Greater exposure to the brand extension helps consumers identify more shared attributes between the parent brand and the extension. Thus, higher levels of marketing support in terms of advertising lead to higher levels of perceived fit (H15; e.g., Klink and Smith 2001; Lane 2000).
Mediating effects derived from managerial wisdom. During the interviews with brand managers and researchers, we gave them a description of the ten success factors and asked them to point out possible structural relationships among the factors and to give a reason for each. The experts specified a total of 13 structural relationships. However, just one or a few respondents pointed out several of these relationships. We decided to exclude the relationships that were specified by only five or less experts (25%) to avoid any influence of personal subjective opinions on model development. As a result, we identified 8 structural relationships that were specified by at least six or more participants (see Table 2, Panel A).
In general, the experts provided highly plausible reasons for the hypothesized relationships among success factors. A total of 13 participants expected a positive effect of parentbrand conviction on perceived quality of the parent brand (H16). They reasoned that consumers who like or trust a parent brand should have more favorable beliefs about brand attributes and greater confidence in their beliefs than conTABLE 2 Judgmentally Derived Mediating and Moderating Effects of the Success Factors A: Personal Interviews with Brand Managers and Researchers Expected Percentage Mediating Effects: Dependence Relationships Between Success Factors Sign of Experts H16 Parent-brand conviction → quality of the parent brand + 62 H17 History of previous brand extensions → quality of the parent brand + 52 H18 History of previous brand extensions → retailer acceptance + 38 H19 Fit between parent brand and extension → retailer acceptance + 29 H20 Perceived risk of unknown brands → consumer innovativeness – 29 See Table 1 H11 Quality of the parent brand → retailer acceptance + 48 H12 Marketing support → retailer acceptance + 43 H15 Marketing support → fit between parent brand and extension product + 38 B: Group Discussion with Brand Managers and Researchers Expected Moderating Effects Sign H24 Fit × parent-brand conviction + H25 Marketing support × retailer acceptance + See Table 1 H21 Quality of the parent brand × fit + H22 Quality of the parent brand × history of previous brand extensions + H23 History of previous brand extensions × fit +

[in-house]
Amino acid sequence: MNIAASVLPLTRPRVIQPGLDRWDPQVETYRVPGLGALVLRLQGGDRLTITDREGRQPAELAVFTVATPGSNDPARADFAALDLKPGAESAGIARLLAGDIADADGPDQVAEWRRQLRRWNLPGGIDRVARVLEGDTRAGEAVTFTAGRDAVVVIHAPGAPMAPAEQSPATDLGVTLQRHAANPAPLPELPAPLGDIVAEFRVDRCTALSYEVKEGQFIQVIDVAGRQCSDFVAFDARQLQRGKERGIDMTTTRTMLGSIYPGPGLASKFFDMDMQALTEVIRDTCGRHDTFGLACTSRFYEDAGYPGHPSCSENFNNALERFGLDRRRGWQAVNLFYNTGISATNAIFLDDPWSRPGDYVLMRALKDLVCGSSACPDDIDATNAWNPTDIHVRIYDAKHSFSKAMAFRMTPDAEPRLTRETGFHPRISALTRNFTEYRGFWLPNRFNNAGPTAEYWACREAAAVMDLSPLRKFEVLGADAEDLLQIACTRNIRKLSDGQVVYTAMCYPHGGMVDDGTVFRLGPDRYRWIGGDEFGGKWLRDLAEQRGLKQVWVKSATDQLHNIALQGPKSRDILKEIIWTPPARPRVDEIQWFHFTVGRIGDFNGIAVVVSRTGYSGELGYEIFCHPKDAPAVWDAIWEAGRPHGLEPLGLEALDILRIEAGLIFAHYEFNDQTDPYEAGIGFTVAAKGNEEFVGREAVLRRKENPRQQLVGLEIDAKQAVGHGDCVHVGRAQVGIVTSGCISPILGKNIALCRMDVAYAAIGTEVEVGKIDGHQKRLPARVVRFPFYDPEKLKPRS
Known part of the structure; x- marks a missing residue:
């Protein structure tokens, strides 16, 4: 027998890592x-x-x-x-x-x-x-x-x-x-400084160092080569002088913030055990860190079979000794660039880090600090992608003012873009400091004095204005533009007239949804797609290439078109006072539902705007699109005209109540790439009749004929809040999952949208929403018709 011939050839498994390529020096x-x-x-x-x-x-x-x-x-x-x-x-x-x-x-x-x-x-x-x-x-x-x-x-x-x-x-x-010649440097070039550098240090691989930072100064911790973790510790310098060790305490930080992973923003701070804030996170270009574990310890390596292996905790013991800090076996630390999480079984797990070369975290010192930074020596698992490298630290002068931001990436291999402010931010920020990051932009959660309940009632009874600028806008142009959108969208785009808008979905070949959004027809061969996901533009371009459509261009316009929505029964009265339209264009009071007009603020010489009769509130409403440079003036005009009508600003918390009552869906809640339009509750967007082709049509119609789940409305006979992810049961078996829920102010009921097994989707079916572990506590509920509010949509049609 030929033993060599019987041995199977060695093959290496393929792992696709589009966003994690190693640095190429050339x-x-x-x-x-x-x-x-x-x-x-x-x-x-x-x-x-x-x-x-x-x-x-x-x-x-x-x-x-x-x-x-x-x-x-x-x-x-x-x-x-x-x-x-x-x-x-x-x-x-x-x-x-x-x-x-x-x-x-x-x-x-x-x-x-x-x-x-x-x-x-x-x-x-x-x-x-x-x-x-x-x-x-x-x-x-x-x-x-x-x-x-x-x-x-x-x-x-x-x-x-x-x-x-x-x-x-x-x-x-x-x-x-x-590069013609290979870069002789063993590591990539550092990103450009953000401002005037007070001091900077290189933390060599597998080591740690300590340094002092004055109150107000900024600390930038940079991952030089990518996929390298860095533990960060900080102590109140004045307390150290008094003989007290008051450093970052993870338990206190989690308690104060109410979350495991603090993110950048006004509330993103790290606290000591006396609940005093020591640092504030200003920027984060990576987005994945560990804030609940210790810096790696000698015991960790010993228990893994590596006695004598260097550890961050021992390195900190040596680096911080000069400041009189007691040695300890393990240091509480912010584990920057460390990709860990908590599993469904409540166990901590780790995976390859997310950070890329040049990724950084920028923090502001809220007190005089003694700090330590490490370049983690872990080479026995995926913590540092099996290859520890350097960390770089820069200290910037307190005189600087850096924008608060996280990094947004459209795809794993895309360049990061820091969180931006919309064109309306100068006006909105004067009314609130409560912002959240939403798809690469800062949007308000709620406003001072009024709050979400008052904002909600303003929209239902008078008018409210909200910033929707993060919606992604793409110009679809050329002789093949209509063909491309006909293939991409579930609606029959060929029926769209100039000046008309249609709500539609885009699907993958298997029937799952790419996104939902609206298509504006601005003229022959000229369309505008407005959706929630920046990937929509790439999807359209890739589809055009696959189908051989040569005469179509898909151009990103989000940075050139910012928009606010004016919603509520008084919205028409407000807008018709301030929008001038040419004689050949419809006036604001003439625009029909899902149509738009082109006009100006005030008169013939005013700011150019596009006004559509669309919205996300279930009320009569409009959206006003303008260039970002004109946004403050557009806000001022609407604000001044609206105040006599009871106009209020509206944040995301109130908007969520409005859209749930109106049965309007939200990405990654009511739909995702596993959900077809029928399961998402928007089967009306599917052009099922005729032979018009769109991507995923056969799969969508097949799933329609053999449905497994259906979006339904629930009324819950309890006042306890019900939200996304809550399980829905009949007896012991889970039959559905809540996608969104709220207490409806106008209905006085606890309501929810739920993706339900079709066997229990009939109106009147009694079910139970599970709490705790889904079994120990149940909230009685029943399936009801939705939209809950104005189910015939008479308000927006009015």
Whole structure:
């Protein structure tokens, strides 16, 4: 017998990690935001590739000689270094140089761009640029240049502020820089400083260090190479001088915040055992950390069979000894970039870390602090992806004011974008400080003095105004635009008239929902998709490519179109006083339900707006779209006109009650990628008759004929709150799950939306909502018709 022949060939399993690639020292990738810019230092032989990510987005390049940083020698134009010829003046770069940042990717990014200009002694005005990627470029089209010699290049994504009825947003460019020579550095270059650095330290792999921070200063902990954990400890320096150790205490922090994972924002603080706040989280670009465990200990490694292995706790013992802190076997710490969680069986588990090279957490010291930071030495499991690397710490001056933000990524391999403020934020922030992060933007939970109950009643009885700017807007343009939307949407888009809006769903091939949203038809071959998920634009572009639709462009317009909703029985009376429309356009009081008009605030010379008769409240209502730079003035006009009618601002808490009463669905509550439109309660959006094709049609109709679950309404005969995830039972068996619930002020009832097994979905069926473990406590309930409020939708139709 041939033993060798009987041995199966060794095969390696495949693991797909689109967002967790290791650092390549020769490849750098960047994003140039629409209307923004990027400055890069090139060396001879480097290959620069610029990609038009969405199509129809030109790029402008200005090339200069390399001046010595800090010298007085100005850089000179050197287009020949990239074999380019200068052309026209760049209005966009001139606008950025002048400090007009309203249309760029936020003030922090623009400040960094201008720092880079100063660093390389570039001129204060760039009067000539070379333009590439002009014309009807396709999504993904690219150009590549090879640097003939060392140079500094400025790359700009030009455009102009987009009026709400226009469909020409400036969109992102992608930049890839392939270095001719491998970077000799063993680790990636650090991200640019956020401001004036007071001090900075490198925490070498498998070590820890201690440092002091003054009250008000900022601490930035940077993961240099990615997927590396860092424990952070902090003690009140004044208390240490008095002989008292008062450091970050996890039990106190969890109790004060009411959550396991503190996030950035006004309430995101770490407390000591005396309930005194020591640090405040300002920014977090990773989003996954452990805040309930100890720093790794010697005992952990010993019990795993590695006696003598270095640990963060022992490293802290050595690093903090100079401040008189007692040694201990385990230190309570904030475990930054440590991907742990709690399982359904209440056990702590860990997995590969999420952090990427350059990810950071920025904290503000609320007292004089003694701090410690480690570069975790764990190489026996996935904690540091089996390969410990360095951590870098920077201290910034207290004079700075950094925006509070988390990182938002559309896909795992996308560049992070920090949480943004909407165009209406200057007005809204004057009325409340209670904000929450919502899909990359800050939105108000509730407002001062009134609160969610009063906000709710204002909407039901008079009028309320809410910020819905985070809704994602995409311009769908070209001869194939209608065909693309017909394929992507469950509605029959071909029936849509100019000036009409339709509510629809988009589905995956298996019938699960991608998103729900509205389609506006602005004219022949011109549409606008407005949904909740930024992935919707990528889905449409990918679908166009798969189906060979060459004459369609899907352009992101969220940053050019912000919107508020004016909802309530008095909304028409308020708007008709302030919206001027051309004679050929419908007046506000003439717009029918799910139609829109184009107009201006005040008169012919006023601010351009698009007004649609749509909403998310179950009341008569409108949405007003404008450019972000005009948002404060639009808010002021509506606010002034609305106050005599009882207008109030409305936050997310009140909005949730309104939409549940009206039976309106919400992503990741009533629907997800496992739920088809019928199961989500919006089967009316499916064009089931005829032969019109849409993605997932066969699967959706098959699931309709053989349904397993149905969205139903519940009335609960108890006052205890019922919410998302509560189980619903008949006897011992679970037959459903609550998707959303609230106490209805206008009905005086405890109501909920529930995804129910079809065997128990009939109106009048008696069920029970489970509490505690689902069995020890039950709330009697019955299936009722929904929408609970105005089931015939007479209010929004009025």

sumers who dislike the brand. Moreover, strong and favorable brand associations enable the brand to be strategically differentiated and positioned in the consumer’s mind. High levels of parent-brand conviction reflect favorable predispositions toward the brand and may function as a “filter” for how a consumer evaluates the specific attributes of the brand (including perceived quality), all of which would lead to a positive relationship between parent-brand conviction and parent-brand quality. Within this context, 11 experts also expected a positive influence of the history of previous brand extensions on perceived quality of the parent brand (H17).